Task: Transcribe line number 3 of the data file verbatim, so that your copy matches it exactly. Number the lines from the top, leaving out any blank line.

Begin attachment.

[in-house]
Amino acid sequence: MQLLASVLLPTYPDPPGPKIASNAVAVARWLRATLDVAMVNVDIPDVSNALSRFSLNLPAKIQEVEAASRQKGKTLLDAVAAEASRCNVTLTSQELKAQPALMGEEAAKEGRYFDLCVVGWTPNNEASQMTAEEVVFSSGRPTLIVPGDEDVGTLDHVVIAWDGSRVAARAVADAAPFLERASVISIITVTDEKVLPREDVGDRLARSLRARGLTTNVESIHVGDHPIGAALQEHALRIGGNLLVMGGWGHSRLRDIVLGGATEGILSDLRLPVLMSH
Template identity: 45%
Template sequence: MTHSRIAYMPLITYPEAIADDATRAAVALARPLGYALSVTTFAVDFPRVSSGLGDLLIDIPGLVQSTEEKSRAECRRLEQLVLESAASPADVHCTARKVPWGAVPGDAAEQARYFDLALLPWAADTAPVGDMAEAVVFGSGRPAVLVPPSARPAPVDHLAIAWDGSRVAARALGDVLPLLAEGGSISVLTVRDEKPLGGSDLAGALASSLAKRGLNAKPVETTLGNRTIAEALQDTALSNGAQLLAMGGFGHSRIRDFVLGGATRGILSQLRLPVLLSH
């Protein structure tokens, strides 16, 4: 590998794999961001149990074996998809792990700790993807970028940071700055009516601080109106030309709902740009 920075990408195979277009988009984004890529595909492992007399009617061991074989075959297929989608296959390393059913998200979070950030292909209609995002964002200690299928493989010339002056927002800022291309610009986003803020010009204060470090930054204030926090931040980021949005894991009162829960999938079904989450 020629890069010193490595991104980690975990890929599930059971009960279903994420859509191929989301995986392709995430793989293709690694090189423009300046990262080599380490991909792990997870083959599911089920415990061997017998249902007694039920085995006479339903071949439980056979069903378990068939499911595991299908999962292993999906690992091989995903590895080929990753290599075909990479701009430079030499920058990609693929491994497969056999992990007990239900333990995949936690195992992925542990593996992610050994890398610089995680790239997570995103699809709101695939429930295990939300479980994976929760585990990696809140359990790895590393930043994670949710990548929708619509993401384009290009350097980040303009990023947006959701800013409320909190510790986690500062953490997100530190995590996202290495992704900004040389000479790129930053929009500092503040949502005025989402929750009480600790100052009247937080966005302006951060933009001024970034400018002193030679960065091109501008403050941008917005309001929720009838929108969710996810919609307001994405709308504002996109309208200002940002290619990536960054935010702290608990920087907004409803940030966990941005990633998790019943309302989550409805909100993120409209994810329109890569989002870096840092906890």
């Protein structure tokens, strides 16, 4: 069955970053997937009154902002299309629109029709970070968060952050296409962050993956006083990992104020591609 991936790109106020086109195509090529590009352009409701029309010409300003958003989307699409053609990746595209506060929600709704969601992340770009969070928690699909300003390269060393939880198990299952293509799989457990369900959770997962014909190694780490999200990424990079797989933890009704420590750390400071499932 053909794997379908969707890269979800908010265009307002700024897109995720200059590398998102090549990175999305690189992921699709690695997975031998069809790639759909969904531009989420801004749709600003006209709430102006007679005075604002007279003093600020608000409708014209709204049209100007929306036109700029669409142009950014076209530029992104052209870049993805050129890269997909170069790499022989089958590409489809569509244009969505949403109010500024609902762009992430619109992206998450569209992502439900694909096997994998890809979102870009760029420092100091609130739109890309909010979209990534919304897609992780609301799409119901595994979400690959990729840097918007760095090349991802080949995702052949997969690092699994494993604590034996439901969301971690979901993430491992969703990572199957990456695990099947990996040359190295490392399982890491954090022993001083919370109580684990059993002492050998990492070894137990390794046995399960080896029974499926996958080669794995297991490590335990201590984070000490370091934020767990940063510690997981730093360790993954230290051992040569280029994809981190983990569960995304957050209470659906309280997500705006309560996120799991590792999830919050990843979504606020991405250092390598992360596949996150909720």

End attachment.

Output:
Template identity: 45%